Flying Tigers
revised and updated


Captain Mark of the Flying Tigers

Capt. Mark of the Flying Tigers When I was working on the second edition of my history of the AVG in 2007, I hired a multilingual Chinese graduate student to translate some new Japanese-language material. She became interested in the Flying Tigers and on her own account searched Chinese websites and came up with an astonishing number of articles about Chennault, the AVG, the 14th Air Force, and of course the Chinese air squadrons associated with them. It was clear even then that the government was appropriating the Tigers to burnish the history of the Red Army in the Second World War, never mind the fact that the Americans were actually associated with the rival Nationalist government.

About the same time, Tom Shanahan of Brisbane, Australia, was hired to play American roles in films and videos, including five gigs as a Flying Tiger. Most recently he appears in "Blossom of the Battlefield," a television drama in which his job is to hang from a parachute caught in a tree, and to be rescued from Japanese soldiers by gallant Chinese. "I am Captain Mark of the Flying Tigers," he tells them in his Australian accent. "Thank you for saving my life."

Of course the point isn't the accent but his western features. Tom has also portrayed Russian dictator Vladimir Putin. (A tip of the virtual hat to ABC News / Australia, which doesn't specify what language is spoken by Mr Shanahan-Putin.)

The hazards of globalism

Mr Shanahan should pay attention to the case of Robert Lloyd Schellenberg, just sentenced to death for the apparent crime of being a Canadian citizen at a time when the Canadians are holding a Huawei executive for possible extradition to the United States. Mr Schellenberg had earlier been sentenced to life imprisonment for drug trafficking; escalating that to death took only a day. China has also arrested two other Canadian citizens, one of them a diplomat, in what is clearly a game of chicken.

In Japan, meanwhile, Carlos Ghosn of Renault and Nissan has spent more than two months in jail in what appears to be another cross-border business dispute. Mr Ghosn rescued both companies from near-bankruptcy, but Nissan would now like to be rid of the foreigner, so it has charged him with over-paying himself, and the weird Japanese justice system seems ready to keep him in jail and virtually incommunicado for as long as it takes to persuade him to quit. Sentence first, trial later!

The famine before the famine

Sarah Cameron's The Hungry Steppe: Famine, Violence, and the Making of Soviet Kazakhstan is a tough slog, though enlivened by flashes of good prose that are unusual in an academic work. She tells us about people so hungry that they abandon one child in order to feed another, or eating the dead and perhaps killing the nearly dead for food, and about starving children taken to orphanages only to be so hungry there that they fled these supposed refuges. With Marxist-Leninist zeal combined with ignorance of local conditions, Moscow demanded that the nomads be settled in collective farms, meanwhile supplying grain and meat for Russian cities. The Kazakhs had to sell their animals in order to meet the quotas, and then had nothing for themselves. Perhaps 90 percent of their animals were sold, butchered for meat, or themselves starved to death. The toll among the Kazakhs was 1.5 million people out of 6.5 million -- fewer deaths than the later and more famous famine in Ukraine, but far worse as a share of the affected population. I am left wondering how people can still tout the virtues of socialism, when starvation seems to be the usual result.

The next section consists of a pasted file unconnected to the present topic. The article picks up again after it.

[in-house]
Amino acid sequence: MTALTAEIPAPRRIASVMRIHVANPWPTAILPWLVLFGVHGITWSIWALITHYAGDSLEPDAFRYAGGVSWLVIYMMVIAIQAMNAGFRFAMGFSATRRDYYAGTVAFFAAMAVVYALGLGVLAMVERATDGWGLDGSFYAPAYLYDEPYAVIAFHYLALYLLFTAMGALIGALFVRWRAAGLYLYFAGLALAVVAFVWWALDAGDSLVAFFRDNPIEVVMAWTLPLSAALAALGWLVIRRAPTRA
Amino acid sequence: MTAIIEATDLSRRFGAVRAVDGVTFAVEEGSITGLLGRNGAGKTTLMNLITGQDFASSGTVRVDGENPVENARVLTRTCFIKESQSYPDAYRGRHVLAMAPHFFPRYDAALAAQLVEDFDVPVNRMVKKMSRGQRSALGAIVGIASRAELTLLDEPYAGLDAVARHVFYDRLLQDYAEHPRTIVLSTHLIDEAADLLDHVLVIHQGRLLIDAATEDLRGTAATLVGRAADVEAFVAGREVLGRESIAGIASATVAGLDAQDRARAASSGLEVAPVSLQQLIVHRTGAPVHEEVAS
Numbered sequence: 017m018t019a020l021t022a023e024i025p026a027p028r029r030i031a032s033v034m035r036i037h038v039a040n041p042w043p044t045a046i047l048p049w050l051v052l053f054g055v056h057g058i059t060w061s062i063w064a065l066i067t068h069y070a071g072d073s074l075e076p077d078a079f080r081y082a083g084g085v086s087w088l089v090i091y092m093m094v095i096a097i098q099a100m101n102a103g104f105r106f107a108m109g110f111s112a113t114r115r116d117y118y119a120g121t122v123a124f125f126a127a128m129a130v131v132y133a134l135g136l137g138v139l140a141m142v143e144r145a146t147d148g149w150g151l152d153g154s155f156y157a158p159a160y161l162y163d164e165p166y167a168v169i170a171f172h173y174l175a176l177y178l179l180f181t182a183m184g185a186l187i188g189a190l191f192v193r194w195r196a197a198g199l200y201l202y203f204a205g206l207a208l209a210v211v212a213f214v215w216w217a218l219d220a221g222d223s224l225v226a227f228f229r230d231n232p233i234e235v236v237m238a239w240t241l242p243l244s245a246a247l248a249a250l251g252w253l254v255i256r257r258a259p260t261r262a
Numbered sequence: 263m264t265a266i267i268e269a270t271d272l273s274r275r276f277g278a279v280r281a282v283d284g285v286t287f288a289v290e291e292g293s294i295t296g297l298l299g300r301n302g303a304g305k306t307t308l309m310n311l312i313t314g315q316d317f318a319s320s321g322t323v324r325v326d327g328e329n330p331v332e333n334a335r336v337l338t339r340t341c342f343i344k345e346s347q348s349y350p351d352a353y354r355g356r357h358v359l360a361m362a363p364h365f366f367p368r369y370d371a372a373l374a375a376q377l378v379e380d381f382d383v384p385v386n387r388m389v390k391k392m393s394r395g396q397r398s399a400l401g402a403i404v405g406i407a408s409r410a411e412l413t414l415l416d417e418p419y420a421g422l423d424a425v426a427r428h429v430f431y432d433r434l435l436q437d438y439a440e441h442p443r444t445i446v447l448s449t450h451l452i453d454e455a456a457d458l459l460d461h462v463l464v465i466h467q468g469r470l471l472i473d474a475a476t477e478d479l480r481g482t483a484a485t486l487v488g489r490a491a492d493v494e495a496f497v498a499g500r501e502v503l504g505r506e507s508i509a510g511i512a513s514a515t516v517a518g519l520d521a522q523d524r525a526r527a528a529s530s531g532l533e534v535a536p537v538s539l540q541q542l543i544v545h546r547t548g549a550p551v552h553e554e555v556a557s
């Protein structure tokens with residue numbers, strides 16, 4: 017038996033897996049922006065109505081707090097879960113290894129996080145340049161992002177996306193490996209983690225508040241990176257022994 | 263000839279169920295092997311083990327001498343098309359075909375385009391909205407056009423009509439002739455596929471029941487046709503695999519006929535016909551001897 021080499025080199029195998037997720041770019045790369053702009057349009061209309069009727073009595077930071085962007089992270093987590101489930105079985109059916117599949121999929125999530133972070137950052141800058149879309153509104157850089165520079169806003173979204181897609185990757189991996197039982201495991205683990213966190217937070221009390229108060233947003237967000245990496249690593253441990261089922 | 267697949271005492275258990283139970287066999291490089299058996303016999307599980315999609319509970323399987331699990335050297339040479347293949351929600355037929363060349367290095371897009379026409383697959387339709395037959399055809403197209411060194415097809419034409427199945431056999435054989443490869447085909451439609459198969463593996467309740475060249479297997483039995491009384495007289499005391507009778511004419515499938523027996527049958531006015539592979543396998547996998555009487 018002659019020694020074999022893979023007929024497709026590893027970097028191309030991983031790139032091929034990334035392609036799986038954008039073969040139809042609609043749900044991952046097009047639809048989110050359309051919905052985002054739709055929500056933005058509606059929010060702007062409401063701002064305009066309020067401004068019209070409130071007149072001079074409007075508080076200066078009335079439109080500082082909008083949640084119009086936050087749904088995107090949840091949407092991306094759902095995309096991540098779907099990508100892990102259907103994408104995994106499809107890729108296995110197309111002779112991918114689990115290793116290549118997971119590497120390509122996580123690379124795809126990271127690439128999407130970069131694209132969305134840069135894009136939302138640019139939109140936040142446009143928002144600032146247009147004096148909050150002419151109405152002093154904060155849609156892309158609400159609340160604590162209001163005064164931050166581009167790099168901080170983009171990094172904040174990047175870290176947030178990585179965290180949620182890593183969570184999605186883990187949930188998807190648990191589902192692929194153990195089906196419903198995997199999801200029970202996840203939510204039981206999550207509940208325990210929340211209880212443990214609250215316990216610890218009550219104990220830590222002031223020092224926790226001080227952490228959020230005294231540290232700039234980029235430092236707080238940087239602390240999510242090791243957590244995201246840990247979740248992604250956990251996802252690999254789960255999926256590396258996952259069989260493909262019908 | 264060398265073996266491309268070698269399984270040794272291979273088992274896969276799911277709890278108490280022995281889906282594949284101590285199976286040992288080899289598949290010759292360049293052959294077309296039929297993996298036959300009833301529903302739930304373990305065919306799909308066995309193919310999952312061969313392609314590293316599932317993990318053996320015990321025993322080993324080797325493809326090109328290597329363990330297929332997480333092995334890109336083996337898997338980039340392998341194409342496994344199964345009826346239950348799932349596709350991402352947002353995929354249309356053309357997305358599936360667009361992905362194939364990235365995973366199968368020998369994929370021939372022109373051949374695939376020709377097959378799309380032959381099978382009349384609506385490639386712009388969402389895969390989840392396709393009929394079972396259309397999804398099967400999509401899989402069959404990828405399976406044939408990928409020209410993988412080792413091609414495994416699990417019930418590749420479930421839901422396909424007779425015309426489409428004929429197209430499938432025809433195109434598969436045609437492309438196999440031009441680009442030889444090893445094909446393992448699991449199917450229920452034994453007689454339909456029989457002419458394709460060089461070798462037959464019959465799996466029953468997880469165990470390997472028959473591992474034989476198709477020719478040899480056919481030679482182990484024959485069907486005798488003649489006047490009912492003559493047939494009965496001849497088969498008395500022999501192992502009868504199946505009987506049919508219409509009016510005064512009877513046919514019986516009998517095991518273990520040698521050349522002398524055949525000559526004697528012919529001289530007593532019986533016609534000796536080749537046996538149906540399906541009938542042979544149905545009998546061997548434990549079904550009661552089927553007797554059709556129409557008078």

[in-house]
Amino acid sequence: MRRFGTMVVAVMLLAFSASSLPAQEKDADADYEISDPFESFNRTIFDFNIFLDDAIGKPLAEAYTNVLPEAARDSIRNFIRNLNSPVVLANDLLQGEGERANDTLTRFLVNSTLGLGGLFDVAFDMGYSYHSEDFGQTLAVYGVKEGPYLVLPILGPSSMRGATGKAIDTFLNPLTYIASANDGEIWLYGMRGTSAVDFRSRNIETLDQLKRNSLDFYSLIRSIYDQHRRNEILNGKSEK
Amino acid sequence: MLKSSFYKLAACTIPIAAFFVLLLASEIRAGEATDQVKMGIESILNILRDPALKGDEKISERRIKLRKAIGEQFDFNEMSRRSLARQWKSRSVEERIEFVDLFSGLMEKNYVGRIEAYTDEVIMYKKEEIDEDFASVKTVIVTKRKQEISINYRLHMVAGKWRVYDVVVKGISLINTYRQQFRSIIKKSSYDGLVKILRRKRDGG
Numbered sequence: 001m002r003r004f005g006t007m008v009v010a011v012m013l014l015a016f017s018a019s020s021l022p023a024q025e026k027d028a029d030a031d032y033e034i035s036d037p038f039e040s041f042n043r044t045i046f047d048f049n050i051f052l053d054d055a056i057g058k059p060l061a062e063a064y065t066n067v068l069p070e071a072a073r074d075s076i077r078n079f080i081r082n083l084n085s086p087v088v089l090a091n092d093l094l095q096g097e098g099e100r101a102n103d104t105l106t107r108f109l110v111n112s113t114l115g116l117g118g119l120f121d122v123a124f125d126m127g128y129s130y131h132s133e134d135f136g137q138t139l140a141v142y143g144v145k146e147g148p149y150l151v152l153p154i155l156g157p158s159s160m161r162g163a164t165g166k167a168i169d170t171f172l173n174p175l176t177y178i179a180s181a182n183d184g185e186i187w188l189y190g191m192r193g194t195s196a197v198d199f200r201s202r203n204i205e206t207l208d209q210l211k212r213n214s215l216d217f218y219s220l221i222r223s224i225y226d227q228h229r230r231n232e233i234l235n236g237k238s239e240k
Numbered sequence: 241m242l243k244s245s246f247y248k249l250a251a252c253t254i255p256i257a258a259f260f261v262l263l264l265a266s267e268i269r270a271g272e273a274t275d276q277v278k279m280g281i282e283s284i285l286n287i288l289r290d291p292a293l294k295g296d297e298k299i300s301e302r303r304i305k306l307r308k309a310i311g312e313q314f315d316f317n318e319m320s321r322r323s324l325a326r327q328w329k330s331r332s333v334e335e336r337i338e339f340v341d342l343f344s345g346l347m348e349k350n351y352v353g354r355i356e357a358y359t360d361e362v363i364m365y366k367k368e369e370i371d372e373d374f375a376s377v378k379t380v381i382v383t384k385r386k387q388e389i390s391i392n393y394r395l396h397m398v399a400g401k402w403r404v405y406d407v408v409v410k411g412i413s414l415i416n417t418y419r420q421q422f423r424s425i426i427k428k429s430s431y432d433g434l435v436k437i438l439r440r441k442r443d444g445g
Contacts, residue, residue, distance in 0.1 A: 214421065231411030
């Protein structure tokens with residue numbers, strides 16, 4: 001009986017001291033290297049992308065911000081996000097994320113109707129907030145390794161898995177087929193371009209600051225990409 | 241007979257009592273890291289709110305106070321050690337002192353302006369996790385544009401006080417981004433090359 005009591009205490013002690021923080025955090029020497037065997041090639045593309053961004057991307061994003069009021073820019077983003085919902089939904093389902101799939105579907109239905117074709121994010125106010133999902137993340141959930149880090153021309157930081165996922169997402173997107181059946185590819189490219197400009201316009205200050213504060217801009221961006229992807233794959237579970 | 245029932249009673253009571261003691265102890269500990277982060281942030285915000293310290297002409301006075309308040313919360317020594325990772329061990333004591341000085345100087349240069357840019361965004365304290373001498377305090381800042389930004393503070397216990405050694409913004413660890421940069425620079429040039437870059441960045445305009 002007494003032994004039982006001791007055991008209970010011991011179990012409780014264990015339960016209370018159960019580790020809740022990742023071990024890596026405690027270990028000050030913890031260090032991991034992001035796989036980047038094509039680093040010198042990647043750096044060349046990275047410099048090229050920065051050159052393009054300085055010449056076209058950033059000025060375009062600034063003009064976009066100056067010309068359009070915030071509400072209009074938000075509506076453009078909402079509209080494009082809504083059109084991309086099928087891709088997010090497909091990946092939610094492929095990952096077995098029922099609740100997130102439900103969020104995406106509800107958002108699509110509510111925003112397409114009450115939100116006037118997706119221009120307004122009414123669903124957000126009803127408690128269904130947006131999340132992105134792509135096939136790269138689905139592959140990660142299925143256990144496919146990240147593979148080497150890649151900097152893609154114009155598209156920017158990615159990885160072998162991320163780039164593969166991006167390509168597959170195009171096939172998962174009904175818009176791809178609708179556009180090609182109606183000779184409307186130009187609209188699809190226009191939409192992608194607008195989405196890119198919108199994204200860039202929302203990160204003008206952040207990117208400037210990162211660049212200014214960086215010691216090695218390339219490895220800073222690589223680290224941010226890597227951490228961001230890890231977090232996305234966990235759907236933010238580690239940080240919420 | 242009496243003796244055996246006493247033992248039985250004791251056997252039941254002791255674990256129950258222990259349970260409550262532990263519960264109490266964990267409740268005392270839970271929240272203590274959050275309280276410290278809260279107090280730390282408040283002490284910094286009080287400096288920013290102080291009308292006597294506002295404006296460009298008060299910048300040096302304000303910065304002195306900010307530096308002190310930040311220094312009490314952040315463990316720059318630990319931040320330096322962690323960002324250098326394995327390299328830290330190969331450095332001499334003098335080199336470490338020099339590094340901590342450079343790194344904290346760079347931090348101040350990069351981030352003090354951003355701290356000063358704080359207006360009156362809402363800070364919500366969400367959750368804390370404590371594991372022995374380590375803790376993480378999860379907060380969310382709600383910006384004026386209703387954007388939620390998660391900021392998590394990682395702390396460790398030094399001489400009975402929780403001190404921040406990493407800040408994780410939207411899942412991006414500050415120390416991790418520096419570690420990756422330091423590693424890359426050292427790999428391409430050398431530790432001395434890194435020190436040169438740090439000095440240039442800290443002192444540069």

Also reviewed this month: Four Soldiers, a short novel by Hubert Mingarelli that has received ecstatic reviews, but not from me; and our fascination with the Inspector Morse stories by Colin Dexter, which inspired us to sign up for Britbox and the Endeavour television series, recreating Morse as a young detective constable. More about them on the Warbird's Book Club. Blue skies! — Daniel Ford

Welcome to the forum!

Here are a thousand or so files on airplanes, pilots, and the wars of the past hundred years, grouped under these headings:

Annals of the Flying Tigers
Annals of the Brewster Buffalo
Annals of Poland: war and exile, 1939-1948
Japan at War, 1931-1945
Annals of the Chinese Air Force
Glen Edwards and the Flying Wing
Remembering Bluie West One
The Spadguys Speak (carrying a nuke to Sevastopol)
Annals of Vietnam
War in the Modern World

Plus these excellent places to look for more: